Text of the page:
Holiday help

This is the last post from iQ for sometime to come. Best wishes to all readers for a safe and happy Christmas and New Year and beyond.

Just a note that if you need support due to online issues, there are a number of avenues you can use:

You can also search the iQ archives for further assistance.

Parents underestimate risk of cyber-bullying for teens

Recently The Sunday Age published a report stating that

Nearly 80 per cent of Australian children under 10 years of age use social networks. Among older teenagers – those 16 and 17 – parents underestimate bullying and risky online behaviour. But the most likely candidate for cyber-bullying is a 14 year old girl who checks her Facebook account daily.

By the time teenagers are 16, parents start to underestimate the likelihood of their child being bullied or involved in upsetting experiences. Only 17 per cent of parents said their 16-year-old was bothered by something on the internet, but 26 per cent of teenagers of that age said they suffered through an upsetting experience.

What is of concern is that once parents believe that their work is done, that their children know how to successfully navigate the social media world is when they are actually most at risk.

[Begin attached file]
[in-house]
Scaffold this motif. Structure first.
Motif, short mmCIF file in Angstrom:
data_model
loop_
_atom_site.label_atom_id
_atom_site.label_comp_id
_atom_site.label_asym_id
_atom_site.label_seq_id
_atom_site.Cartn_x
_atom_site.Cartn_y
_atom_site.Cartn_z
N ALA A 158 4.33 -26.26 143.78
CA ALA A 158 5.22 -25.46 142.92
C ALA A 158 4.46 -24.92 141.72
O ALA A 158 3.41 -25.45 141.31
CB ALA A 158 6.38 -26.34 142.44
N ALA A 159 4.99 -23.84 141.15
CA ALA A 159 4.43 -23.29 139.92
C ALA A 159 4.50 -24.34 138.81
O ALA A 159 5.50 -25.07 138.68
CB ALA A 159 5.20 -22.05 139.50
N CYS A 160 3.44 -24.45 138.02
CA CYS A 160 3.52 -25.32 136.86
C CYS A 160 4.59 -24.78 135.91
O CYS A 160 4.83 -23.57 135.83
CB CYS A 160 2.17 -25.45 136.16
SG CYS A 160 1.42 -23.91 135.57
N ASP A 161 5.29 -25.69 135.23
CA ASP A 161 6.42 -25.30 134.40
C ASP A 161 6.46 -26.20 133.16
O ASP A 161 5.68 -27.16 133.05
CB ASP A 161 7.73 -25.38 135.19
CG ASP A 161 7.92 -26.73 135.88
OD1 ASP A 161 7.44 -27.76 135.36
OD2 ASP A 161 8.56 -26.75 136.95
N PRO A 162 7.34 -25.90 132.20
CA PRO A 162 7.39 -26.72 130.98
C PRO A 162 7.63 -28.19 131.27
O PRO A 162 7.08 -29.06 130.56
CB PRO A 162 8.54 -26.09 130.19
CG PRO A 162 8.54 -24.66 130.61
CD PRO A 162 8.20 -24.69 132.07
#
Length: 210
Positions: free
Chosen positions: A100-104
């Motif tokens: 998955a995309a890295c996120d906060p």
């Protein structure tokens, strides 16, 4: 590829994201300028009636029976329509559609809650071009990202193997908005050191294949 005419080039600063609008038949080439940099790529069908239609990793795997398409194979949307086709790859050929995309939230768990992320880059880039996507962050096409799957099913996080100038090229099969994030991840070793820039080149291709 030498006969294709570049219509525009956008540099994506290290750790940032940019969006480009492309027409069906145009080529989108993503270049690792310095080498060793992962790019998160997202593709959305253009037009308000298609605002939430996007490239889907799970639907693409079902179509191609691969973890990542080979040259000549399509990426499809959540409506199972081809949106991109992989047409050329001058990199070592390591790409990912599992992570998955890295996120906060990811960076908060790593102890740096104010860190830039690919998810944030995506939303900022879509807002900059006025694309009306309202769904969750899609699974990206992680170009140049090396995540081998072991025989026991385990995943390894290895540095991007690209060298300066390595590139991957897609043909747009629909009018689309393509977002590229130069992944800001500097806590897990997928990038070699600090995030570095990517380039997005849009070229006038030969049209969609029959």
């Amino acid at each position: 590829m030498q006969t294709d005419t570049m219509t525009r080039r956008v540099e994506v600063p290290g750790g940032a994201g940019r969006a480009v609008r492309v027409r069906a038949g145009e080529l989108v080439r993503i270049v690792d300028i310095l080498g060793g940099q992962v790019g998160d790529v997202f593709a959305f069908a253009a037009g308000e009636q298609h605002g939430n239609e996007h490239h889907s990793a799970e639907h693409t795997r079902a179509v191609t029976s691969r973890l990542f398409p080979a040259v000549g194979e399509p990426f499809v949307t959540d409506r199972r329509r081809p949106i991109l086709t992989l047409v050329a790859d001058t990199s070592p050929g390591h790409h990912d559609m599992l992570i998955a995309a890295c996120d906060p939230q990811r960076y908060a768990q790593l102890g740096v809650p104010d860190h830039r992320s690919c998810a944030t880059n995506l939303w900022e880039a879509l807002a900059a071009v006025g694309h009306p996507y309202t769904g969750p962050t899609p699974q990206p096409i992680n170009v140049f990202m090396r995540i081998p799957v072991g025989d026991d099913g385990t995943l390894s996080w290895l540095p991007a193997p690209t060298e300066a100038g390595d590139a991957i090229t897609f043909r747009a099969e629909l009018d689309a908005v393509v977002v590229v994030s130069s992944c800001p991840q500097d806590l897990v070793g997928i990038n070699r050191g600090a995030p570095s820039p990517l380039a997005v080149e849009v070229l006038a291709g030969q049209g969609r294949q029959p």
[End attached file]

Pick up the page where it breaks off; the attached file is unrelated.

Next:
Read the whole article here.

 

Bullying and cyberbullying interactive learning modules for parents

The Victorian Department of Education and Early Childhood Development has developed online interactive learning modules for parents that focus on bullying and cyberbullying.

The bullying and cyberbullying module

developed in partnership with Andrew Fuller, (clinical psychologist and student wellbeing specialist), has been developed to help parents understand, recognise and manage bullying and cyberbullying behaviours.

The cybersafety and social media module

developed in partnership with Susan McLean (cybersafety expert), has been developed to help parents address standards of behaviour in the context of cybersafety and social media.

Two excellent resources for parents.

Younger teens stand up to cyberbullying

The Australian Communications and Media Authority (ACMA) has recently published the early findings into research on cyberbullying with the following results:

According to the ACMA’s research, more than one in five 14 to 15-year-olds has experienced cyberbullying, compared to sixteen per cent of 16 to 17-year-olds. Twelve per cent of 14 to 15-year-olds report that they have frequently witnessed cyberbullying.

‘The good news is that these young people are prepared to stand up and speak out about cyberbullying. Fourteen and 15-year-olds reported that they frequently took action by telling the cyberbully to stop (14 per cent), defending the target of the bullying (20 per cent), or ignoring the cyberbullying behaviour (21 per cent),’ Richard Bean said.

Levels of cyberbullying among Australian children remain generally steady despite increases in online participation, indicating that the cybersafety messages underpinning programs such as Cybersmart are getting through.

Read the rest of the early findings here.

Childish behaviour as parents worsen cyber-bullying

Recently the Sydney Morning Herald published an article on how parental involvement in their child’s online issues can actually make matters worse. Journalist Deborah Gough explains: